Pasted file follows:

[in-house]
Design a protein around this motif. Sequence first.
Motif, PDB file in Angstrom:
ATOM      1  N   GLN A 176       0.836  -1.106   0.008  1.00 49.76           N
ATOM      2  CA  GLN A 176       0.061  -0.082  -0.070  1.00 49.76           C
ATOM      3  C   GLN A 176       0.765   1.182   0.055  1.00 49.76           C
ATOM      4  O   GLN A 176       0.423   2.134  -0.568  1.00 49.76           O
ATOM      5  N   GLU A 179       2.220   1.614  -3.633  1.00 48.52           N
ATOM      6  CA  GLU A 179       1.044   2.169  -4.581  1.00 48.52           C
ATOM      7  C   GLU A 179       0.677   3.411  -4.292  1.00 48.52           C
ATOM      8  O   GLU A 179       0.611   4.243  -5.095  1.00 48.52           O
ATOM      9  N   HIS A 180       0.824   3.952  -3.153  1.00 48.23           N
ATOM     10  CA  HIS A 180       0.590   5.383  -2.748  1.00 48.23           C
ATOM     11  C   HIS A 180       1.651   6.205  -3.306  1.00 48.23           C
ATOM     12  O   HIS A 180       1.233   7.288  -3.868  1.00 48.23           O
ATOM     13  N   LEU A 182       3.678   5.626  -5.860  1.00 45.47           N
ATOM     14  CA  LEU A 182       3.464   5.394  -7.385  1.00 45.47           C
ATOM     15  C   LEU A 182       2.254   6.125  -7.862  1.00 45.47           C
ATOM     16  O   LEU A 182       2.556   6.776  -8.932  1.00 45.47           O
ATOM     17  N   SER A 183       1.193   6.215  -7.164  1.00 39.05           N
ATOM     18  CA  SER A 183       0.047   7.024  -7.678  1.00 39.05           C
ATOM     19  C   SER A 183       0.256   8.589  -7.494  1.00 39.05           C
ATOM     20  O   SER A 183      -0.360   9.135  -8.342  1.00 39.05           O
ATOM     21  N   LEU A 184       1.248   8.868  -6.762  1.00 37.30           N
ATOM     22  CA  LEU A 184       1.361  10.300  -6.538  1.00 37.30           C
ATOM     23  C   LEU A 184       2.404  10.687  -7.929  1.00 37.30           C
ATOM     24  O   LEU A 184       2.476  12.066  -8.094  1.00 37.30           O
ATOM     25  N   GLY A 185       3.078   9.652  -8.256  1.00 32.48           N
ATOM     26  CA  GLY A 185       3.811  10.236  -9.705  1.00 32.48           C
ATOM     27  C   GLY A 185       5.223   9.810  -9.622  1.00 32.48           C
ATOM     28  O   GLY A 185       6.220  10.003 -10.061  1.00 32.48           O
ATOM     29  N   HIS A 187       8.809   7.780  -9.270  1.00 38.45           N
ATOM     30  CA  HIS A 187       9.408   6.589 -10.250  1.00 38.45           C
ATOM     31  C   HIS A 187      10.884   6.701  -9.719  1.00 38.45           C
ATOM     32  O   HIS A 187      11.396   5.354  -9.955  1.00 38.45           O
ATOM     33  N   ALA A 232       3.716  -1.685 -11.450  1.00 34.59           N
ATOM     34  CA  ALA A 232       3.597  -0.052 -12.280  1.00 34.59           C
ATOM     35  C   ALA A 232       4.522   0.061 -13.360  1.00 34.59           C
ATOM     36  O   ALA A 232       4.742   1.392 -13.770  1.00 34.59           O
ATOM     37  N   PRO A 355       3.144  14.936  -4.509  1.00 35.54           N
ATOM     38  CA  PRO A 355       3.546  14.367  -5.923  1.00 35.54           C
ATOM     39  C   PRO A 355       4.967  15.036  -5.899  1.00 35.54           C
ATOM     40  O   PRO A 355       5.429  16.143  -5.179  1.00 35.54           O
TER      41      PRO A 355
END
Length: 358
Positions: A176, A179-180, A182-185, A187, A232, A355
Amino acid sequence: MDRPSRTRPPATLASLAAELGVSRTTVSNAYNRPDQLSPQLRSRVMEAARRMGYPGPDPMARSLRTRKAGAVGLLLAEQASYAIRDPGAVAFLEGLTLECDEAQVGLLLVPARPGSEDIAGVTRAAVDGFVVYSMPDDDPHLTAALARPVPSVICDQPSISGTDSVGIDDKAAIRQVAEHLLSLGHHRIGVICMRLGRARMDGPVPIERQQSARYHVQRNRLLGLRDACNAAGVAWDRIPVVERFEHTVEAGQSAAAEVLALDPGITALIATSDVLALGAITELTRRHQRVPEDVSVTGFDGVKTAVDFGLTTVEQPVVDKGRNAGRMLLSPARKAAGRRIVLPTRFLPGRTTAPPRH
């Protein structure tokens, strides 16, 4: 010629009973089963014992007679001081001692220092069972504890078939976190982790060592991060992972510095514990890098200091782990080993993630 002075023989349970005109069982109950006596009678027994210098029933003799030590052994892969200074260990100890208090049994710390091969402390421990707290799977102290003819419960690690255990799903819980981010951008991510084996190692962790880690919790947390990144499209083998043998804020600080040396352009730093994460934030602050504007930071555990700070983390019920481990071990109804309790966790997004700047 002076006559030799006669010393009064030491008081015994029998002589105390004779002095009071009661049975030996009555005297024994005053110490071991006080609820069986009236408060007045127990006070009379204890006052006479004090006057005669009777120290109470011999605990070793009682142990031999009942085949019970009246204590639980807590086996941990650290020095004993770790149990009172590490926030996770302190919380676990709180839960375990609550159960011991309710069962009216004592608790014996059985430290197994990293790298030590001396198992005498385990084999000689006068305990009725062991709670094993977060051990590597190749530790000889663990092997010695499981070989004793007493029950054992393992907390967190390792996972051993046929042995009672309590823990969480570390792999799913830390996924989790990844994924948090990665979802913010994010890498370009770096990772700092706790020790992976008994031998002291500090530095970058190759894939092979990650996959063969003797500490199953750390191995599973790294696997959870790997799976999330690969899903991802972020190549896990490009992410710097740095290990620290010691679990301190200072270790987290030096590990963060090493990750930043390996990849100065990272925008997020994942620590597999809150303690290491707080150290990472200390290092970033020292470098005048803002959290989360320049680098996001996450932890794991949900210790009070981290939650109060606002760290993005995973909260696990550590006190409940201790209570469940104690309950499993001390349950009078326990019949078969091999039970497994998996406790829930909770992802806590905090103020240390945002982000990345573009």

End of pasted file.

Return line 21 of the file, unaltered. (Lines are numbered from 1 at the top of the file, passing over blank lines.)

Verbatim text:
ATOM     18  CA  SER A 183       0.047   7.024  -7.678  1.00 39.05           C